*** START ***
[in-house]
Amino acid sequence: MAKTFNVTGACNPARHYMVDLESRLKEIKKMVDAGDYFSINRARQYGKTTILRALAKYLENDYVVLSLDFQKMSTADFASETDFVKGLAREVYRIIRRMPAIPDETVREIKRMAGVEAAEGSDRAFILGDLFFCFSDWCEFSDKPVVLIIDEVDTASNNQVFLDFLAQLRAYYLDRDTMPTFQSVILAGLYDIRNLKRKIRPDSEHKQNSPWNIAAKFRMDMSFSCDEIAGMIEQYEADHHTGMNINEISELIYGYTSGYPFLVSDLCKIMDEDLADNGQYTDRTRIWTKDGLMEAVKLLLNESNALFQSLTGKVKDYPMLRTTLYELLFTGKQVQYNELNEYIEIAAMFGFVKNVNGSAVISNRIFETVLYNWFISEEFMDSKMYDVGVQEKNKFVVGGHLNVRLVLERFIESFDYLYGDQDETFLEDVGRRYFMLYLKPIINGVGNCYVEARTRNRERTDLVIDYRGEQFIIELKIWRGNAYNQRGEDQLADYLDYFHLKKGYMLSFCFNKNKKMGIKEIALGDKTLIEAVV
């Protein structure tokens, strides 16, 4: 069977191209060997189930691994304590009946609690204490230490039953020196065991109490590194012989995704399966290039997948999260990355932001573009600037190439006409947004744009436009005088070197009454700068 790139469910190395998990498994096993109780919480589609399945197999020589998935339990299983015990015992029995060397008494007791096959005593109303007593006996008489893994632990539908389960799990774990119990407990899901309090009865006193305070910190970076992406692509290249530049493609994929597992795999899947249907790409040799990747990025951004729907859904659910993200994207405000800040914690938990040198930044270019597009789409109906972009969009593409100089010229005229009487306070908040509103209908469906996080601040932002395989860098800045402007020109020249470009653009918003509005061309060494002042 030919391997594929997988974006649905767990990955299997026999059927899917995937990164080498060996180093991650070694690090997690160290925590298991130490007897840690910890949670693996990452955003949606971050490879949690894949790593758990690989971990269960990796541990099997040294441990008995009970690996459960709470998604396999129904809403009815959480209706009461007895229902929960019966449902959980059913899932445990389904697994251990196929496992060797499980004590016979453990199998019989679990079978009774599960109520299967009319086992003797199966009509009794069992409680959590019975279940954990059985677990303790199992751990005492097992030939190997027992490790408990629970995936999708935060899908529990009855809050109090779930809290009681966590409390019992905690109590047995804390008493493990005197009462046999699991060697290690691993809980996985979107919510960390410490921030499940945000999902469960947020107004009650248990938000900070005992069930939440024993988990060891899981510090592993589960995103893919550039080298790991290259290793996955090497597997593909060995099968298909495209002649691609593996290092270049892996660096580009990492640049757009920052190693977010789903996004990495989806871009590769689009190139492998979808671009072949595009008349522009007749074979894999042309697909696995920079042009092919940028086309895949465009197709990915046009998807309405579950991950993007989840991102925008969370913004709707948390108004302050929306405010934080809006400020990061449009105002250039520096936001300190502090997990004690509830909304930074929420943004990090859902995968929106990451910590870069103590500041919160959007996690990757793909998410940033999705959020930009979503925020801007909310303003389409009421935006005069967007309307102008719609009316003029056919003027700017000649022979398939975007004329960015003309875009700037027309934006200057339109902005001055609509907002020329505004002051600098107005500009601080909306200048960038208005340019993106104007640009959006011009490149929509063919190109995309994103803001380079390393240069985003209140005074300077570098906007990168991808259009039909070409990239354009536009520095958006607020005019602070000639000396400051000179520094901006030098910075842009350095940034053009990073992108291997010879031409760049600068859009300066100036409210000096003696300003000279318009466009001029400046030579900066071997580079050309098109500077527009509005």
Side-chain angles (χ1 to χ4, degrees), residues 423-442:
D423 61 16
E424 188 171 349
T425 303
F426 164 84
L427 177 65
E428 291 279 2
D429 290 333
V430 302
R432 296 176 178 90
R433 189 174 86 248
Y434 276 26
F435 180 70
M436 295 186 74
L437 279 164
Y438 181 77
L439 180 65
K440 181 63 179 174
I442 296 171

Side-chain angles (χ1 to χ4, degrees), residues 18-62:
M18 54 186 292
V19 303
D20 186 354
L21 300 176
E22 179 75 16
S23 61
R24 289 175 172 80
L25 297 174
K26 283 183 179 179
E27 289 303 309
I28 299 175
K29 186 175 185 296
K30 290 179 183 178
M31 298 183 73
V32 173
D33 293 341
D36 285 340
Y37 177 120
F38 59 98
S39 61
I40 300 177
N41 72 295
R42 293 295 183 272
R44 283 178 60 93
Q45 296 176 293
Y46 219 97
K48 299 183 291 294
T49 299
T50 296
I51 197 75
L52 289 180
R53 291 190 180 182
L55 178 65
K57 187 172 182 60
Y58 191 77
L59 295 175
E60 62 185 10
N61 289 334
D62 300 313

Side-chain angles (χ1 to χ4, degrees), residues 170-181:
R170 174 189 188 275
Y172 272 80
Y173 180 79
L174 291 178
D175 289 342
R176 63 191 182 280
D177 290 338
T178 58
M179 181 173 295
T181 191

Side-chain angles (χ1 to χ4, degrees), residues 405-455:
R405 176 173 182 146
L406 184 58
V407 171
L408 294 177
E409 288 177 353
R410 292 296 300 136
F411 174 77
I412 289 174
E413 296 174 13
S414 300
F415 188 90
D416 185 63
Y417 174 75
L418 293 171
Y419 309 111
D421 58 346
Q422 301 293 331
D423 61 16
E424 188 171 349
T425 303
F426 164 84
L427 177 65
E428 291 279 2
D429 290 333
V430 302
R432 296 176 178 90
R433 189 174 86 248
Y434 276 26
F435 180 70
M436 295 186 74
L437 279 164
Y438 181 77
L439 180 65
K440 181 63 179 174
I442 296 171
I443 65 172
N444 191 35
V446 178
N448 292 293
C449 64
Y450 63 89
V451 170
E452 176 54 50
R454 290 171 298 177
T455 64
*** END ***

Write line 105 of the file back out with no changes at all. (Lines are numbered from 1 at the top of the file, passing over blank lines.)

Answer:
L437 279 164